Any ideas appreciated!
It IS, that is, at least in a large fraction of the volume of many stars. And why would it not be? Only in very high densities for example the approximation breaks down...
Then please explain to me the gravity, expansion of the universe and dark matter terms in the ideal gas equation.
The approximation also breaks down when collisions become non elastic for example exciting ionising and fusing?
@chemisttree: this really is a question that does not make much sense: the ideal gas equation is an equation of state, relating pressure, density and temperature. Gravity is the attractive force between masses, or if you like the curvature of space-time due to the presence of mass/energy, and the expansion of the universe is just one of the solutions to einsteins field equations which happens to describe the evolution of our universe at large scales. The three entities you name can work together to build galaxies and so on, but one cannot be described in terms of the other.
@Dadface: you're right, it breaks down for non-elastic collisions, or actually in any case where interparticle forces cannot be neglected. But, for example in stars, fusion is going on, but at such a low rate, that even the interior of a star is relatively well approximated by an ideal gas.
Please describe the density term in the ideal gas equation.
Sorry, I misunderstood your response as being applicable to the "volume of many stars" instead of the volume of gas in the outer atmosphere of a star. Thus my confusion regarding gravity, dark matter and expansion.
You cannot be more wrong than this. Tell me more about ion-ion particle interactions in the ideal gas law... both repulsive and attractive. How about radiation pressure?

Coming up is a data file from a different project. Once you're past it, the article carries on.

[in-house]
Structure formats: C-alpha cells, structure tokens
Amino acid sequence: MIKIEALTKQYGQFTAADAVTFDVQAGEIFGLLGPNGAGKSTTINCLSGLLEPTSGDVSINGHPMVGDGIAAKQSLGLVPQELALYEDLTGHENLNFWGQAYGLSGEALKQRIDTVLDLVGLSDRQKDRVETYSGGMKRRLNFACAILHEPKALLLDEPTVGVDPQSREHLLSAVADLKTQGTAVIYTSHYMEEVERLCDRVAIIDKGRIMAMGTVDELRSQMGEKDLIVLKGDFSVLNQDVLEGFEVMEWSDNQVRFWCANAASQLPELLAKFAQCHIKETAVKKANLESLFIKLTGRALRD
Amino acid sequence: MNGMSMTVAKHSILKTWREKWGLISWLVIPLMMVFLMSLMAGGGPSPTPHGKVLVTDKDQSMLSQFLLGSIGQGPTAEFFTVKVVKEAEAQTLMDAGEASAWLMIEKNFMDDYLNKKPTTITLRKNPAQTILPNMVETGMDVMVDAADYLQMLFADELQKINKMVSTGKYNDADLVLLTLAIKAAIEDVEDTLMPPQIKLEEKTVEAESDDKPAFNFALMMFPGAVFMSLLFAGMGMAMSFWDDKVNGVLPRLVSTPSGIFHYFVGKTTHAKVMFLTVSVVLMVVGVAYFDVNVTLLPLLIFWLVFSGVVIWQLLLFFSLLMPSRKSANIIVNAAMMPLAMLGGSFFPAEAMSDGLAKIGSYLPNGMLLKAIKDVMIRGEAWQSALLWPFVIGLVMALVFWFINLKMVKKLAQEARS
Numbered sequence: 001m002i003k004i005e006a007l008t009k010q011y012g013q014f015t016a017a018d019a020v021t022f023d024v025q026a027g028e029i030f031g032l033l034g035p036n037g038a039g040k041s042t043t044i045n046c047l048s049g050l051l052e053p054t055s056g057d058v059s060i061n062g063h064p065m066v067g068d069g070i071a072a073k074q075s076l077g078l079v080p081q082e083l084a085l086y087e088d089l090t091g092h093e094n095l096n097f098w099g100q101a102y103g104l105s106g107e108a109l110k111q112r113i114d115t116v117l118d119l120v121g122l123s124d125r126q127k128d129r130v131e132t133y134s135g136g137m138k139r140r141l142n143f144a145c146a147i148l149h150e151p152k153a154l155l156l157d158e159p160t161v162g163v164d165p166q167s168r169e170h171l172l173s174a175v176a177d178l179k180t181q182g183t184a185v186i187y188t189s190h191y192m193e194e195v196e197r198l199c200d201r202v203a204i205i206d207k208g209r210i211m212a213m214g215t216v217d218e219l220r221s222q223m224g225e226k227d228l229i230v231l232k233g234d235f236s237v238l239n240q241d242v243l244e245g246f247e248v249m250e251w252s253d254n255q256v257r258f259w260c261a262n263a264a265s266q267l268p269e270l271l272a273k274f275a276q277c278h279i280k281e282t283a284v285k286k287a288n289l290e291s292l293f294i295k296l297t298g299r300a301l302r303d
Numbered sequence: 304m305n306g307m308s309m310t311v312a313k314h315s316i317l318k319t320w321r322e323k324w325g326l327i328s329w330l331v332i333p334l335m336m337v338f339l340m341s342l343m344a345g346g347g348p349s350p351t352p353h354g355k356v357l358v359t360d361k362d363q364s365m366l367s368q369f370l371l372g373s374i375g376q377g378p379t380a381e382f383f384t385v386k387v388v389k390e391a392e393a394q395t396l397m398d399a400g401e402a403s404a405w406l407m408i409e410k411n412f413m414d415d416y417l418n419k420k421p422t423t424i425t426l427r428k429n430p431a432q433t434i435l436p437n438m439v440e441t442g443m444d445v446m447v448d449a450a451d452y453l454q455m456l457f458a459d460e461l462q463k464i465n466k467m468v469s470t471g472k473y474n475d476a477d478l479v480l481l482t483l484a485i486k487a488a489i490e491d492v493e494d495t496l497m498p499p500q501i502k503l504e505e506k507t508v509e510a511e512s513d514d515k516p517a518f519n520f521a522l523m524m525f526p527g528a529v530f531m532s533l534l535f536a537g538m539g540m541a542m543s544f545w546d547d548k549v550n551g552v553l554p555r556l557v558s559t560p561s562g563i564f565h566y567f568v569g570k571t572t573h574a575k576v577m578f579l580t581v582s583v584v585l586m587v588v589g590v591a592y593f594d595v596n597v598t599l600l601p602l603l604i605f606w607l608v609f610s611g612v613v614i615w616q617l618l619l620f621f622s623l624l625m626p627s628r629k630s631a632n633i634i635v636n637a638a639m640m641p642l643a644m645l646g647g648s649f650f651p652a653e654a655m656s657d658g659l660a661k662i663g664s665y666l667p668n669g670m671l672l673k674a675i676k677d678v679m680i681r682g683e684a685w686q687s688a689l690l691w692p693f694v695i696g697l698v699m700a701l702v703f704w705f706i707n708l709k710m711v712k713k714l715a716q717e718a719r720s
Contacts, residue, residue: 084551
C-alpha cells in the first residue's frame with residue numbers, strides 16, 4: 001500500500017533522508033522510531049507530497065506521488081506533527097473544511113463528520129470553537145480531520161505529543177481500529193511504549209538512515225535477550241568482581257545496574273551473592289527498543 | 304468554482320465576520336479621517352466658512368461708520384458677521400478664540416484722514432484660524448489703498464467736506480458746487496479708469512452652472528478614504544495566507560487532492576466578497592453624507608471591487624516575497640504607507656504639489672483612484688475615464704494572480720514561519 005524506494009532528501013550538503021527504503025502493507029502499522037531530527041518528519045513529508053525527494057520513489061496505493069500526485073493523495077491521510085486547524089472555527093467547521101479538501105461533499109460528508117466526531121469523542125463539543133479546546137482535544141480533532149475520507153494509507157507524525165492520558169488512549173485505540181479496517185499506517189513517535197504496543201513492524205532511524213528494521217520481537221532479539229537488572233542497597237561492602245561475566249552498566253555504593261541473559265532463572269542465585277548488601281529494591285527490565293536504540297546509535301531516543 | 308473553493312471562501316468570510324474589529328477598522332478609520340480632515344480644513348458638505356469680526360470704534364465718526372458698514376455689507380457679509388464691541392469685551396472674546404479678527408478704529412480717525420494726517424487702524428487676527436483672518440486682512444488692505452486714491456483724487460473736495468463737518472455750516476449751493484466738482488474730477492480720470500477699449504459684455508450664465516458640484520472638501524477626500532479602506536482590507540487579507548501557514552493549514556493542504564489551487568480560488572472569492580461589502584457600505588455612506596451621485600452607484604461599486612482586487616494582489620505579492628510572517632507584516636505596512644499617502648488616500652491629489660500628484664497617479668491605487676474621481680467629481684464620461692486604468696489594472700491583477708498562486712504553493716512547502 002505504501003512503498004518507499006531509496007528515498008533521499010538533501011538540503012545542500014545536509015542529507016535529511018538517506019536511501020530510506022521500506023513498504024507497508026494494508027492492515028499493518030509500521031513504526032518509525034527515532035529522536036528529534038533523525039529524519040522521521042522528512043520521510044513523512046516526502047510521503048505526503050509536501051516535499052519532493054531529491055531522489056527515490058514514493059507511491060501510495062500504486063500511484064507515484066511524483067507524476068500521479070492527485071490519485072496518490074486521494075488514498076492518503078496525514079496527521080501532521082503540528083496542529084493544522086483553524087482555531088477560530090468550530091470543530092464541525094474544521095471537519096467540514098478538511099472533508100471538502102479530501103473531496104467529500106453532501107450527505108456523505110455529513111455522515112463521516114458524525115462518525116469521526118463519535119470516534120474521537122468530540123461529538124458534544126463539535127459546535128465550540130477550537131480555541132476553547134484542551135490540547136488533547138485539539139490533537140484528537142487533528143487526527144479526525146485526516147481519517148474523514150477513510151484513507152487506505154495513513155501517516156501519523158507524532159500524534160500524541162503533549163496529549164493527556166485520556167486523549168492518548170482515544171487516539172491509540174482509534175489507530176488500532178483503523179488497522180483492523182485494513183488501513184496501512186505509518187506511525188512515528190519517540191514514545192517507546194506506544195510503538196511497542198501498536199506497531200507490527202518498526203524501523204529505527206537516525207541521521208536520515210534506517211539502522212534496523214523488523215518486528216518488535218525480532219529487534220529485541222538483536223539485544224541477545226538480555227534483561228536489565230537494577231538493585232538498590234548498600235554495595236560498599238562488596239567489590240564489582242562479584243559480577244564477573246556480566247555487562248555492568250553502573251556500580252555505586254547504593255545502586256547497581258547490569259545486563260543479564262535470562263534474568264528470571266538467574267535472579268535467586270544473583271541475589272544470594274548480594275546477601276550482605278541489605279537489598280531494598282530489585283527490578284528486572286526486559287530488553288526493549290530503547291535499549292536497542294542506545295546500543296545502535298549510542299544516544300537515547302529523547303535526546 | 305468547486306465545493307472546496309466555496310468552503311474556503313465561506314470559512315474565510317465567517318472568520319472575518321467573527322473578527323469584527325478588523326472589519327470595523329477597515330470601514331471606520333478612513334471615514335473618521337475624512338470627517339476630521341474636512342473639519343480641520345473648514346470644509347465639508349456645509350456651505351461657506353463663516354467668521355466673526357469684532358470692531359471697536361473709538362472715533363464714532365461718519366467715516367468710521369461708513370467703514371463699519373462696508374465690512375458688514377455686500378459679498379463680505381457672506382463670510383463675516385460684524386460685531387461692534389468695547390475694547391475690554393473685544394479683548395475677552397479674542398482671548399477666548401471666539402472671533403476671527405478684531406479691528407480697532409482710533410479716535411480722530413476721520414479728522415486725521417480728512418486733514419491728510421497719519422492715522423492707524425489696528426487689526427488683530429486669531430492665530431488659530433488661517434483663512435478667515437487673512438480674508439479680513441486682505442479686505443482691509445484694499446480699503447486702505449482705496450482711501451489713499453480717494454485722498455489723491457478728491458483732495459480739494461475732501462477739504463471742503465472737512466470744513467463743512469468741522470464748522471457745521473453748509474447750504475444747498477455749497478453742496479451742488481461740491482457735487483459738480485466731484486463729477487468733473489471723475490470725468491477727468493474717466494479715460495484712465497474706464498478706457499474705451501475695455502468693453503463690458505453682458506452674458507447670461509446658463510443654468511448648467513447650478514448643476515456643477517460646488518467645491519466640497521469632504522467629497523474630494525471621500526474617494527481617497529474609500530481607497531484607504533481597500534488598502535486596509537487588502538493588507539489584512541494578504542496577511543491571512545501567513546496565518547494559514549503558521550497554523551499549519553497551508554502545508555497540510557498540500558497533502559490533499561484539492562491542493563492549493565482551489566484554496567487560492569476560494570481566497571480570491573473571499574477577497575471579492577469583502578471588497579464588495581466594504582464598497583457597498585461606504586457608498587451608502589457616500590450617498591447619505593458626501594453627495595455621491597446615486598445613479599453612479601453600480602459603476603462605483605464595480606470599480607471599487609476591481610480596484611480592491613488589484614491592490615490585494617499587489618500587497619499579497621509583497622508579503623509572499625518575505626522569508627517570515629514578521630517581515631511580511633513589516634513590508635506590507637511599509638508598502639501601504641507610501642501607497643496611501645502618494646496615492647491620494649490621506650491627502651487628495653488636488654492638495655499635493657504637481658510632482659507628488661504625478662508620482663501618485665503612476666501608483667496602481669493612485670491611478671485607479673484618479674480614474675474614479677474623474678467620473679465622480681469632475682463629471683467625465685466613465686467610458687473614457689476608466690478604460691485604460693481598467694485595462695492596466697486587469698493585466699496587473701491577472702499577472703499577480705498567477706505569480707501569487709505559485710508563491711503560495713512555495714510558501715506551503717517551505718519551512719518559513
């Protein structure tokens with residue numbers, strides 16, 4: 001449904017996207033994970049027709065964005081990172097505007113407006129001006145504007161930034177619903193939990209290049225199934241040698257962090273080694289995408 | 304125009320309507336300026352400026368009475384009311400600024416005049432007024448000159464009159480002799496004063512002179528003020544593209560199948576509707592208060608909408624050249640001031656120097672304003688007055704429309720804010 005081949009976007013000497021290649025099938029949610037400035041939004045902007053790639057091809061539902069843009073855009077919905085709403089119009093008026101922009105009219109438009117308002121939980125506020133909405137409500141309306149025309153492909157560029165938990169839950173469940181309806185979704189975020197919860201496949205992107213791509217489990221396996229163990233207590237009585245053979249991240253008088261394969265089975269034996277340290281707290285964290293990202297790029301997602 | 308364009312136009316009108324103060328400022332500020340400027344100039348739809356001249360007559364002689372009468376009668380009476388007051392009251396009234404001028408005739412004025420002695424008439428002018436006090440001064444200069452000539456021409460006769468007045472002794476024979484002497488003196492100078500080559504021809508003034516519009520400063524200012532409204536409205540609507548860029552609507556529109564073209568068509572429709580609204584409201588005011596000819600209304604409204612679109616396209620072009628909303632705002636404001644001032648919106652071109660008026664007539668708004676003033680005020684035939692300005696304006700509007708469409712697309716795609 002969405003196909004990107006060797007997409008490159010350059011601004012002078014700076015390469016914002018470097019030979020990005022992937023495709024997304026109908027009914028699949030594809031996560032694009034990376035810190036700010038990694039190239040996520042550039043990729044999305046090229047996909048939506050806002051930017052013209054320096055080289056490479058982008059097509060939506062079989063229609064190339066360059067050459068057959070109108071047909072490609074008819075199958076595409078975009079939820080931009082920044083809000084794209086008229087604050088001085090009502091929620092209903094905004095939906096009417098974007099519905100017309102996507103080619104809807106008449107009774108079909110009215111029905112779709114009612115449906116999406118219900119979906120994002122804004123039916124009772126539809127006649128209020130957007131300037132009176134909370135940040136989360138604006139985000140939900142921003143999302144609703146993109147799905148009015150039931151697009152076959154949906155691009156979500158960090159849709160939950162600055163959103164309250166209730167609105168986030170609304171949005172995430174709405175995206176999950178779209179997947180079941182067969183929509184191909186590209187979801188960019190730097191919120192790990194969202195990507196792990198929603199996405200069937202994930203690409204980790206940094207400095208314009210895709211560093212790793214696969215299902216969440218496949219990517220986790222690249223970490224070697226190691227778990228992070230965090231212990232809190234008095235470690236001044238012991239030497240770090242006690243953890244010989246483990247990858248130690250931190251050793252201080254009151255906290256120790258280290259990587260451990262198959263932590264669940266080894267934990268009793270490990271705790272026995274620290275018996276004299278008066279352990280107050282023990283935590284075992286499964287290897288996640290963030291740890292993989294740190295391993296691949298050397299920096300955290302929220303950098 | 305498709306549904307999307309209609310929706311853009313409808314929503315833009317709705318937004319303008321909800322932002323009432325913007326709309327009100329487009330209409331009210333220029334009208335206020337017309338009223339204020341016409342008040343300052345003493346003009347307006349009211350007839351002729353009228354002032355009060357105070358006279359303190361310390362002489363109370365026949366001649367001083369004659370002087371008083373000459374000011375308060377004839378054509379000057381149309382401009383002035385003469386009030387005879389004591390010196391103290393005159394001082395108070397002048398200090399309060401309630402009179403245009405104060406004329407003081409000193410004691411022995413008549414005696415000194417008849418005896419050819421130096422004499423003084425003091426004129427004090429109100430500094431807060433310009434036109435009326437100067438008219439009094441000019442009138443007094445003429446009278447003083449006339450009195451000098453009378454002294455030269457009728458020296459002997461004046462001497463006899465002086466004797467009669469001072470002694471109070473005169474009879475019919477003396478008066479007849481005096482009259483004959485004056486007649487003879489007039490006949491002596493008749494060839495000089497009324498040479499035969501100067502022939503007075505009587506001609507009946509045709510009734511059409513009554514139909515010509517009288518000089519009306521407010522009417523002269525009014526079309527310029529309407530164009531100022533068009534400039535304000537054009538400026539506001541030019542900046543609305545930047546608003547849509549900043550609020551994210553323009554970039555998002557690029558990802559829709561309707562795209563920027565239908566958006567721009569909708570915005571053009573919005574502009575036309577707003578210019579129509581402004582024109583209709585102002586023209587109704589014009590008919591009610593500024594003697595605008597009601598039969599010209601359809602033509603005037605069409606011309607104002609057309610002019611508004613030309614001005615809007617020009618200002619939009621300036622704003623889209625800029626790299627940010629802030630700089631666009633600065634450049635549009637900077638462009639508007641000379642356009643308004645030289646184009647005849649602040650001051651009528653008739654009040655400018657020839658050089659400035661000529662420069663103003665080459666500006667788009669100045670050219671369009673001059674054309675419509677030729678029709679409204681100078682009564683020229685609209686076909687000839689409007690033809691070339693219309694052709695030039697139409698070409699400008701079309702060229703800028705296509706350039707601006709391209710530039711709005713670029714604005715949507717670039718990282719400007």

There are in fect several ways of being more wrong. For example by claiming that an ideal gas is generally a bad approximation of the matter inside stars.
There's radiation pressure (dominant only in massive stars) and ther'es degeneracy, most important for collapsed stars. Everything else at high density and temperature should be well described by an ideal gas.
Hmm, but the ideal gas law is valid that the low pressure-temperature limit.
That said, perhaps the disagreement here is on what constitutes a 'good' approximation.
It's not a good enough approximation for chemical engineering, say. But astrophysics on the other hand is dealing with much larger objects with much lower requirements for accuracy.
Not necessarily for a plasma, with strong magnetic fields around. AFAIK the ideal gas approximation works better inside the star than in the low density regions.
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